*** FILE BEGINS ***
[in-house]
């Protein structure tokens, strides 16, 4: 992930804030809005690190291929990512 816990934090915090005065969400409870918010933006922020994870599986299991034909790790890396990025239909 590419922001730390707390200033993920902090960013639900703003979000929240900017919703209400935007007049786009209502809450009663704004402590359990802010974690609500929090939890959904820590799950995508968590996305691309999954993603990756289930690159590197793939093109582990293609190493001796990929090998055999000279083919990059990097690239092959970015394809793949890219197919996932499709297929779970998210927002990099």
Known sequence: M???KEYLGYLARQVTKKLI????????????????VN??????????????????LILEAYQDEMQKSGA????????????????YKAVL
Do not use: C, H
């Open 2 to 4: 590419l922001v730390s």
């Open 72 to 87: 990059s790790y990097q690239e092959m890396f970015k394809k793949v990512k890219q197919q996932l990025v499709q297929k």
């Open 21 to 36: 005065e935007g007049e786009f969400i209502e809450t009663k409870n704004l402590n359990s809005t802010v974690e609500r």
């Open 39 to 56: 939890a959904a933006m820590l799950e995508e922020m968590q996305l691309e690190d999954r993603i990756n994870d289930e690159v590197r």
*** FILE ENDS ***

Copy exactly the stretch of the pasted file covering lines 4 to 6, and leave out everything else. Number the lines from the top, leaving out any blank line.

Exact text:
Do not use: C, H
């Open 2 to 4: 590419l922001v730390s």
């Open 72 to 87: 990059s790790y990097q690239e092959m890396f970015k394809k793949v990512k890219q197919q996932l990025v499709q297929k």